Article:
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QUATRE CHANTS POUR FRANCHIR LE SEUIL for Soprano and 15 instruments by GÉRARD GRISEY (France,1946 – 1998)

[#238] February 12, 2024

1999 | Solo Soprano and Ensemble | Grade 6 | 35’ – 40’ | Solo work







French composer Gérard Grisey

“Quatre chansons pour franchir le seuil”, by French composer Gérard Grisey is our Composition of the Week.


“Quatre chansons pour franchir le seuil” (Four songs to cross the threshold), was composed between 1996 and 1998, and it is Grisey’s last work.

It was premiered on February 3, 1999, by the London Sinfonietta, by Valdine Anderson, Soprano, and composer George Benjamin conducting.

 

“Quatre chansons …” is divided in five sections, where the last one, berceuse, emanates from the 4th, as an awakening song for a humanity at last free of nightmares.

The complete cycle has a duration of around 40 minutes, and it is edited by Ricordi.

The score calls for the following instrumentation:

 

Solo soprano

flute (also piccolo flute, alto flute), bass clarinet (also clarinet), bass clarinet (also contrabass clarinet), tenor saxophone (also alto saxophone, soprano saxophone), tenor saxophone (also baritone saxophone), trumpet (also piccolo trumpet), 2 bass tubas (also 1 euphonium), 3 percussionists, harp, violin, cello, double bass.

 

“I have conceived “Quatre chants pour franchir le seuil” as a musical meditation on death in four parts: the death of the angel, the death of civilization, the death of the voice and the death of humanity. The four movements are separated by short interludes of inconsistent sound dust, intended to maintain a level of tension slightly above the polite but relaxed silence that reigns in concert halls between the end of one movement and the beginning of the next. The texts chosen belong to four civilizations (Christian, Egyptian, Greek, Mesopotamian) and share a fragmentary discourse on the inevitability of death. The choice of the instrumentation was dictated by the musical need to contrast the lightness of the soprano voice with a deep, heavy yet sumptuous and colorful sound mass.”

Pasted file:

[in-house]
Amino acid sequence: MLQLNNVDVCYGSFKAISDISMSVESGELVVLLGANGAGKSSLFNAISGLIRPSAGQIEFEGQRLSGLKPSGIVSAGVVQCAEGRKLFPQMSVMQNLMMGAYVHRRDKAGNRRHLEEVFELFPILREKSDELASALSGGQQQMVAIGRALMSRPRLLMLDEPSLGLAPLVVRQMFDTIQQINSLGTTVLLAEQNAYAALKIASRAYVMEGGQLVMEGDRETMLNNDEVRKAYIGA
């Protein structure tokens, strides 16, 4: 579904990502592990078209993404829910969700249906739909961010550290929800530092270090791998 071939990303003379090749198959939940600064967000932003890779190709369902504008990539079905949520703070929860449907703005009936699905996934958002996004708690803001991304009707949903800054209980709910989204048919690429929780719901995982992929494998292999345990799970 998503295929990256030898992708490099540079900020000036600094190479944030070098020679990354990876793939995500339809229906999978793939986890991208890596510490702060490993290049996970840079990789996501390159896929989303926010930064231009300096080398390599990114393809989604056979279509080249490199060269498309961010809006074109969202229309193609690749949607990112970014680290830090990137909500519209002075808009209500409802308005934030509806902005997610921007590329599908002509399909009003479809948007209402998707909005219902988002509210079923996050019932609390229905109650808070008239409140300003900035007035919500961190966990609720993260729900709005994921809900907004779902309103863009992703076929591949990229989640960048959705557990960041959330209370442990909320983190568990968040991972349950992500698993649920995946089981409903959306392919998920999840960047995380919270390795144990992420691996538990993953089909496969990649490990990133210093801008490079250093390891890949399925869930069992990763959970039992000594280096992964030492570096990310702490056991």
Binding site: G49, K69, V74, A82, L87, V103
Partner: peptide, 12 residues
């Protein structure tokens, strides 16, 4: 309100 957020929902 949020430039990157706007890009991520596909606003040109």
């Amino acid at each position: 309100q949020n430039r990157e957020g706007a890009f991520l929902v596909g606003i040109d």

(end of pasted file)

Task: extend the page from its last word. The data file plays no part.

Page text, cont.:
Gérard Grisey showed an early interest in music, and at the age of nine made his first attempts at composition. He began his studies in Germany, at the Trossingen Conservatory (1963-1965), before moving on to the Paris Conservatory, where he received a classical training (degrees in harmony, counterpoint, and fugue, where he excelled, as well as in music history and piano accompaniment). At the same time as attending Olivier Messiaen's composition class (1968-1972), he studied with Henri Dutilleux at the École Normale de Musique (1968) and was introduced to electroacoustic techniques with Jean-Étienne Marie (1969).

 

His stay at Villa Médicis from 1972 to 1974 was an opportunity for important encounters (with the poet Christian Guez Ricord) and discoveries (the music of Giacinto Scelsi). The Ligeti and Stockhausen seminars, and to a lesser extent the Xenakis seminar, which he attended in 1972 as part of the Darmstadt Ferienkurse, confirmed his own musical preoccupations and had a lasting influence on him.

 

In 1973, Grisey took part in the founding of the ensemble “l'Itinéraire”, whose vocation was to defend, through the quality of its interpretations, an emerging repertoire with specific requirements. Émile Leipp's courses in acoustics at Paris VI (1974-1975) laid the foundations for his scientific approach to sound phenomena. From 1982 onwards, he was active as a teacher, first in California at Berkeley until 1986, then at the Conservatoire National Supérieur de Musique de Paris, where he taught orchestration and composition. He died of an aneurysm on November 11, 1998.

 


 

Other works for winds include:

 

Perichoresis (1969) for 3 instrumental groups, manuscript.

Mégalithes (1969) for 15 brass instruments, manuscript.

 

 

 

 

 

 

 

 

 

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